Ruling means Senate ballots will be counted
Amedore holds 37-vote lead
ALBANY The prolonged battle between former Republican Assemblyman George Amedore and Democrat Cecilia Tkaczyk in the 46th Senate District could be over by the end of the week.
Just 100 ballots are left to be dealt with following Wednesday’s decision from the state Court of Appeals not to hear any additional legal challenges.
As a result of that ruling, 99 previously invalidated ballots, which were deemed valid by a mid-level state appeals court, could be counted by the end of the week. Ulster County, where almost all of the votes are from, has tentatively planned the count to start Friday morning.
Amedore, R-Rotterdam, currently has a 37-vote lead over Tkaczyk.
Amedore’s legal team had requested a chance to argue before the state’s top court that the 99 votes shouldn’t be counted. Tkaczyk’s legal team advanced its own motion to have more than the 99 votes counted. The state Court of Appeals decided not to hear any of the arguments.
The lone dissent was from Justice Victoria Graffeo, a Republican appointee, who argued that further review was needed..
‘Amedore spokesman Kris Thompson said they accepted the court’s decision and expected the lengthy contest to be over soon.
“We anticipate the remaining 99 ballots will be counted by the end of this week,” Thompson said in a statement. “We look forward to the final counting and we remain confident.”
The Tkaczyk campaign said it looked forward to resolving the process and letting voters have their voices heard.
It is anticipated that the 99 ballots, because of who cast them and which side challenged them, will trend in favor of Tkaczyk. That includes 53 ballots from Ulster County election workers, with 34 coming from Democrats and 19 from Republicans.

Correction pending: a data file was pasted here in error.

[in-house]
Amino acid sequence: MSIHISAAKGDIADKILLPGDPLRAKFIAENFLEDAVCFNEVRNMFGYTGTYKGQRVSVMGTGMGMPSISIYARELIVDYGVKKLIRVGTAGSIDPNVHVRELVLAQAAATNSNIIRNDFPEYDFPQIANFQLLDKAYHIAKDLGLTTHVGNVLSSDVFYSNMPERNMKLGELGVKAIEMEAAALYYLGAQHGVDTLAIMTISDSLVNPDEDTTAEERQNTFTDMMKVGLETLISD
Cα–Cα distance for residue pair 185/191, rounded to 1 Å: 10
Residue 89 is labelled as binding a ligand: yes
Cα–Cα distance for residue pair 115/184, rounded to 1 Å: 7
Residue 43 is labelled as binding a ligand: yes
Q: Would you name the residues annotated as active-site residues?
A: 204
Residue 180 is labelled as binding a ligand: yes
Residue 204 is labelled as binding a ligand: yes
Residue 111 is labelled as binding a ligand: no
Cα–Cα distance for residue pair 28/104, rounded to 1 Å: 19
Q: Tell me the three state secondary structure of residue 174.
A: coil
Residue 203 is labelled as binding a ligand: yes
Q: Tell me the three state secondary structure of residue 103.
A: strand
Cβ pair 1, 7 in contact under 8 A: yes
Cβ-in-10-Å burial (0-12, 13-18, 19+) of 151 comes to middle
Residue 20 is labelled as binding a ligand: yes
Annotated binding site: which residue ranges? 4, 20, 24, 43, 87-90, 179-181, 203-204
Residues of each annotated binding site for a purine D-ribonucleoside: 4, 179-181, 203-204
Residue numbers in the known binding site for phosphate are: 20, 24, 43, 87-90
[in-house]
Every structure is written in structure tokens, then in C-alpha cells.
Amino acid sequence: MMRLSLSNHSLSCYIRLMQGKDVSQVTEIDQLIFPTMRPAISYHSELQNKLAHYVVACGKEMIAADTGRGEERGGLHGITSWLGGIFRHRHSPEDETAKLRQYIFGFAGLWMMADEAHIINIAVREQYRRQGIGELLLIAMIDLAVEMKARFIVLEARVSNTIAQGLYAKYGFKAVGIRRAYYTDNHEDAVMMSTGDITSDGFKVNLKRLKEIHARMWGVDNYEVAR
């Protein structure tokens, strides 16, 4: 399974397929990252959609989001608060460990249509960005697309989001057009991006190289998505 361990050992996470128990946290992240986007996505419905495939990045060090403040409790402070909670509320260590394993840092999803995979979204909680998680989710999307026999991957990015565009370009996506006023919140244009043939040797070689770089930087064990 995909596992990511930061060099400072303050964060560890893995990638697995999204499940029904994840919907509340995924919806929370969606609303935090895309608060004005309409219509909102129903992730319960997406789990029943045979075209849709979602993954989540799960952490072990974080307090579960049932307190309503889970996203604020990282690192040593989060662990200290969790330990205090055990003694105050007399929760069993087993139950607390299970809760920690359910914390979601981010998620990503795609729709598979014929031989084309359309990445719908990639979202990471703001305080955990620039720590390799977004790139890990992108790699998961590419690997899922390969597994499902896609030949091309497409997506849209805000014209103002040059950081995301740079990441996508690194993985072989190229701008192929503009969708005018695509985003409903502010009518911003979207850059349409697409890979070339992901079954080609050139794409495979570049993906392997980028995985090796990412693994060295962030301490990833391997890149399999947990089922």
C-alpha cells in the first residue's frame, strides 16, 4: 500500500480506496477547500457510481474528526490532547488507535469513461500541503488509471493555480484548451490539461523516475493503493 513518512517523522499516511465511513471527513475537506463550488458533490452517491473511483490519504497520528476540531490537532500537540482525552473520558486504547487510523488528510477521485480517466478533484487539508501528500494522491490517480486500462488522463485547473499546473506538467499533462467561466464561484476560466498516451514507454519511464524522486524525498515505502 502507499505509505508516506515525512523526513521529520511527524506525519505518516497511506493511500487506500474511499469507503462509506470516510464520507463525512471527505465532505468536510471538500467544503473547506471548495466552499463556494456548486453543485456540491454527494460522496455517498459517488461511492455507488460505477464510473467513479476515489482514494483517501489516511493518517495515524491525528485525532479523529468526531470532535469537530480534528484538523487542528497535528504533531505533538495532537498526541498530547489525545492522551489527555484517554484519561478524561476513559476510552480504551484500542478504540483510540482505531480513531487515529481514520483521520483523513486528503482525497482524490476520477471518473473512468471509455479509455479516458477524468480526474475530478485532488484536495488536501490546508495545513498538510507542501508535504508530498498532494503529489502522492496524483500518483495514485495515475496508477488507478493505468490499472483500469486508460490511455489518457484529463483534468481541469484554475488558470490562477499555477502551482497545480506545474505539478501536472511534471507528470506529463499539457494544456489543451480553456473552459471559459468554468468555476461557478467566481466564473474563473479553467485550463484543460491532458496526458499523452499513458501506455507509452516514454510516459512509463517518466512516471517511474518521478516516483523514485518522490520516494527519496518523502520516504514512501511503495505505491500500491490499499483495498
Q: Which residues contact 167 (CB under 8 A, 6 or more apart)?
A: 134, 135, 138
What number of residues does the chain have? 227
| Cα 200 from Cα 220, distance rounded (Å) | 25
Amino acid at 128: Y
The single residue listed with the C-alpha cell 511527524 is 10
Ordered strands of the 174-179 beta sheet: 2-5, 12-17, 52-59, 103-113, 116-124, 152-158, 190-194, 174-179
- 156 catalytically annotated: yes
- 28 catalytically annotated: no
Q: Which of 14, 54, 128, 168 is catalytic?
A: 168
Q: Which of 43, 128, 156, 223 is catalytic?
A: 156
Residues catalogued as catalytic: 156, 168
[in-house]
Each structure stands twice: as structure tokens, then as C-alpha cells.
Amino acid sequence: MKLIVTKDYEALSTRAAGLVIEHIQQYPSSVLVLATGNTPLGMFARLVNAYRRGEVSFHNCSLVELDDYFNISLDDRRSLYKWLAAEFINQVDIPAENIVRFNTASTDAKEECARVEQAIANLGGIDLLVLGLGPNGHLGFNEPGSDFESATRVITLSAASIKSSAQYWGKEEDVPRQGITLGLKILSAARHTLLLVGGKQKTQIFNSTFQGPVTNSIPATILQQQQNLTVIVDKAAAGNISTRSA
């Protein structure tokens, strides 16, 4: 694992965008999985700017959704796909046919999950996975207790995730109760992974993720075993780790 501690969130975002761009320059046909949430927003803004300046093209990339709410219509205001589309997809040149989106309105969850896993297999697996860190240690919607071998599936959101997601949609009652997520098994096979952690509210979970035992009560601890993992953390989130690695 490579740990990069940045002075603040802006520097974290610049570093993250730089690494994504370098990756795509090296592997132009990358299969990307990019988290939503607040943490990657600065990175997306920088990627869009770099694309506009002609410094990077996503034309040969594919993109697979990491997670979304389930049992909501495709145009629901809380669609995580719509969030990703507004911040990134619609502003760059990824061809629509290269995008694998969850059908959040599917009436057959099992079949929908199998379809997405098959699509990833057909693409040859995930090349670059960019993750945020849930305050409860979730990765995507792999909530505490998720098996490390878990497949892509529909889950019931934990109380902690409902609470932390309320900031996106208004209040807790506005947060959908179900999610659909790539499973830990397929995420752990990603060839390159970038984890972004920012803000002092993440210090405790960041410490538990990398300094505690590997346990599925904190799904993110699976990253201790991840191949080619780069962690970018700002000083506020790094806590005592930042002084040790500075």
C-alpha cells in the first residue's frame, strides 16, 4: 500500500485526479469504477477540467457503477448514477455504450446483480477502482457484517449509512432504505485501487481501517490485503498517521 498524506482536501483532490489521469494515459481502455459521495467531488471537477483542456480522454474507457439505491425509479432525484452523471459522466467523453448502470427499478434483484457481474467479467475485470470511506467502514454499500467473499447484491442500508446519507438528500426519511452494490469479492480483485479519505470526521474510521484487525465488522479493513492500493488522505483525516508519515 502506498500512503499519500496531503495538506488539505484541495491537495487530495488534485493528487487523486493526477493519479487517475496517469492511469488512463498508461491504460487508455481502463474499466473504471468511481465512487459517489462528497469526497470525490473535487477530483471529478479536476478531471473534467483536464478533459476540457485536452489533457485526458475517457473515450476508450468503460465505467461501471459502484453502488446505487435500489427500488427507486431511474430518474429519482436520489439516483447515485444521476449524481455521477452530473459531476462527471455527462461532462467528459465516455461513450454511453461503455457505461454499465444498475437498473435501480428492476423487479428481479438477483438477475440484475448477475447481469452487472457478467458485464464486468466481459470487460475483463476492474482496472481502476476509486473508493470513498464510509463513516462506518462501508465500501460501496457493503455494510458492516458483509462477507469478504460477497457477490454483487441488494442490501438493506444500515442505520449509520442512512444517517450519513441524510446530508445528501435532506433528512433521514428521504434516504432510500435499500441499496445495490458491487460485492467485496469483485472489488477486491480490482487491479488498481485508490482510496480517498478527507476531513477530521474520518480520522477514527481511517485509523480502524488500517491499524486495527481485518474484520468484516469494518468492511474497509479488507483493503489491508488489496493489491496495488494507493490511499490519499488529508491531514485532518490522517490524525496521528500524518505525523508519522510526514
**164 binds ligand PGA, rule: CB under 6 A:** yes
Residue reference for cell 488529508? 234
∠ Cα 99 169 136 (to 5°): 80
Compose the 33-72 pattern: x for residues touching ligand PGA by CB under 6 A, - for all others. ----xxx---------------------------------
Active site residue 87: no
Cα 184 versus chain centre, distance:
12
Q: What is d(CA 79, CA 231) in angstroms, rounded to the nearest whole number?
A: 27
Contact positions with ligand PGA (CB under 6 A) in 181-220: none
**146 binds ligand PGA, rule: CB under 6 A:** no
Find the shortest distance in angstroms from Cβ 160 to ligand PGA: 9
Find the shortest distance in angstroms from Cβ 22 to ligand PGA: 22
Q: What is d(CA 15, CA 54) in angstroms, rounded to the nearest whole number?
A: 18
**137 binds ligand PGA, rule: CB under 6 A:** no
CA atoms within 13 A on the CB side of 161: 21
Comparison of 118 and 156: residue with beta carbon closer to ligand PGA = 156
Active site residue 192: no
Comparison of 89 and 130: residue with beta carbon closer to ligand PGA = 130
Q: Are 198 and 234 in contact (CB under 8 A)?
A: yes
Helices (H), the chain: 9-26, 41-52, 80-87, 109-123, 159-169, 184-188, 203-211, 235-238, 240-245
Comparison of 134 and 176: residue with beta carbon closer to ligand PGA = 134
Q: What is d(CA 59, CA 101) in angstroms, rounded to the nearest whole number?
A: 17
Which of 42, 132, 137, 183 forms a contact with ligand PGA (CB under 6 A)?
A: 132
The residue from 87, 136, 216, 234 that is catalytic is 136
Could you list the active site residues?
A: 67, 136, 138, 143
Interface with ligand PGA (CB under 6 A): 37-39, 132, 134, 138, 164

Also in the mix now is an absentee ballot found in Montgomery County, according to Tkaczyk attorney Frank Hoare, who learned about the additional vote Wednesday morning.
It’s possible the ballot will be the subject of additional legal wrangling, considering how tight the race is.
There is also the possibility that legal challenges could arise from the remaining ballots, as the initial challenges stemmed from the qualifications of the voters. Future challenges could be based on problems such as a stray mark on a ballot, which calls into question the voter’s intent.
In the event of a tie, which would be classified as a failure to elect, the race is decided by a special election, which would be ordered by Gov. Andrew Cuomo.
All of Montgomery and Greene counties and parts of Schenectady, Albany and Ulster counties make up the 46th District.
The balance of the state Senate was initially expected to hinge on the race, but Senate Republicans and a handful of renegade Democrats have put together a power-sharing deal, made formal last week.